17 June 2012

Terra Nostra

the beginning of Terra Nostra by Carlos Fuentes

Flesh, Spheres, Gray Eyes
Beside the Seine

Incredible the first animal that dreamed of another animal.  Monstrous the first vertebrate that succeeded in standing on two feet and thus spread terror among the beasts still normally and happily crawling close to the ground through the slime of creation.  Astounding the first telephone call, the first boiling water, the first song, the first loincloth.
        About four o'clock in the morning one fourteenth of July, Pollo Phoibee, asleep in his high garret room, door and windows flung wide, dreamed these things, and prepared to answer them himself.  But then he was visited in his dream by the somber, faceless figure of a monk who spoke for Pollo, continuing in words what had been an imagistic dream: "But reason -- neither slow nor indolent -- tells us that merely with repetition the extraordinary becomes ordinary, and only  briefly abandoned, what had once passed for a common and ordinary occurrence becomes a portent: crawling, sending carrier pigeons, eating raw deer meat, abandoning one's dead on the summits of temples so that vultures as they feed might perform their cleansing functions and fulfill the natural cycle."
        Only thirty-three and a half days earlier the fact that the waters of the Seine were boiling could have been considered a calamitous miracle; now, a month later, no one even turned to look at the phenomenon.  The proprietors of the black barges, surprised at first by the sudden ebullition, slammed against the walls of the channel, had abandoned their struggle against the inevitable.  These men of the river pulled on their stocking caps, extinguished their black tobaccos, and climbed like lizards onto the quays; the skeletons of the barges had piled up beneath the ironic gaze of Henri de Navarre and there they remained, splendid ruins of charcoal, iron, and splintered wood.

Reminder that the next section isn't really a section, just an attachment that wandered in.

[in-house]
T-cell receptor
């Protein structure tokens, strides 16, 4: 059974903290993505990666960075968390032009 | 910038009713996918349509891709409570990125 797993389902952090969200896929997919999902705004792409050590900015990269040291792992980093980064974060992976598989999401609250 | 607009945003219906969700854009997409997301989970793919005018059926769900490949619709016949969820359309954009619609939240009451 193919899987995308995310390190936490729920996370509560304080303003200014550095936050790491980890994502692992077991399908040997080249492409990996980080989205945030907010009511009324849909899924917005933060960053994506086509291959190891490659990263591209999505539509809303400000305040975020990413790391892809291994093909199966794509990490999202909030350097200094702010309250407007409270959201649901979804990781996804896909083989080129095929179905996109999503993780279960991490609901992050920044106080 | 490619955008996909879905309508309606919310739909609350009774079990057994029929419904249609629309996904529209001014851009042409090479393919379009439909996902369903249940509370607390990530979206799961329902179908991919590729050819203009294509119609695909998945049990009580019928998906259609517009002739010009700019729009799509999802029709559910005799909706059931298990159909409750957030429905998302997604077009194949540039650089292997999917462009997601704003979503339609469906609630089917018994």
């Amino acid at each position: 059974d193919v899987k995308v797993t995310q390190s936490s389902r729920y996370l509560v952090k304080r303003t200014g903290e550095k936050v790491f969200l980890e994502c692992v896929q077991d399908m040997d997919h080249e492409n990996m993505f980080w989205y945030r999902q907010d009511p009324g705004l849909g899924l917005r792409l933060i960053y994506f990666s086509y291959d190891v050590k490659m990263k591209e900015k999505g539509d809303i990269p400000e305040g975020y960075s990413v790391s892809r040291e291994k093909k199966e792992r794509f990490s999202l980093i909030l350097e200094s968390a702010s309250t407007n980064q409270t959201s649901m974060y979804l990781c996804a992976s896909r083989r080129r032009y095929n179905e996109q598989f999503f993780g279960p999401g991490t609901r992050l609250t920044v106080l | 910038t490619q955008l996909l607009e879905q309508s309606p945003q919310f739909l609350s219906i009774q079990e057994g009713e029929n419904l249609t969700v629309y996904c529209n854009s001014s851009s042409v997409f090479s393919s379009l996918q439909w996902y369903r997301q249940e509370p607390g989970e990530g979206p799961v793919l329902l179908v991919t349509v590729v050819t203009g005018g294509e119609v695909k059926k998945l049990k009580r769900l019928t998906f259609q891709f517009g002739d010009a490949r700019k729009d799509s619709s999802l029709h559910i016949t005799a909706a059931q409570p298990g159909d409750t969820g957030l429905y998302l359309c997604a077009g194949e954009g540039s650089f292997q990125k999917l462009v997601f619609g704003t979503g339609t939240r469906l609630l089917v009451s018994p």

But the gargoyles of Notre-Dame, knowing events only in the abstract, embraced with black stone eyes a much vaster panorama, and twelve million Parisians understood finally why these demons of yesteryear stick out their tongues at the city in such ferociously mocking grimaces.  It was as if the motive for which they were originally sculptured was now revealed in scandalous actuality.  It was clear the patient gargoyles had waited eight centuries to open their eyes and blast twaa! twaa! with their cleft tongues.  At dawn they had seen that overnight the distant cupolas, the entire façade of Sacré-Coeur appeared to be painted black.  And that closer at hand, far below, the doll-sized Louvre had become transparent.
        After a superficial investigation, the authorities, farr off the scent, reached the conclusion that the painted façade was actually marble and the transparent Louvre had been turned to crystal.  Inside the Basilica the paintings, too, were transformed; as the building had changed color, its paintings had changed race.  And who was going to cross himself before the lustrous ebony of a Congolese Virgin, and who would expect pardon from the thick lips of a Negroid Christ?  On the other hand, the paintings and sculptures in the Museum had taken on an opacity that many decided to attribute to the contrast with the crystalline walls and floors and ceiling.  No one seemed in the least uncomfortable because the Victory of Samothrace hovered in mid-air without any visible means of support: those wings were finally justifying themselves.  But they were apprehensive when they observed, particularly considering the recently acquired density in contrast to the general lightness that the mask of Pharaoh was superimposed -- in a newly liberated perspective -- upon the features of the Giaconda, and that lady's upon David's Napoleon.  Furthermore: when the traditional frames dissolved into transparency, the resulting freeing of purely conventional space allowed them to appreciate that the Mona Lisa, still sitting with arms crossed, was not alone.  And she was smiling.
        Thirty-three and one half days had passed during which, apparently, the Arc de Triomphe turned into sand and the Eiffel Tower was converted into a zoo.  We are confining ourselves to appearances . . .

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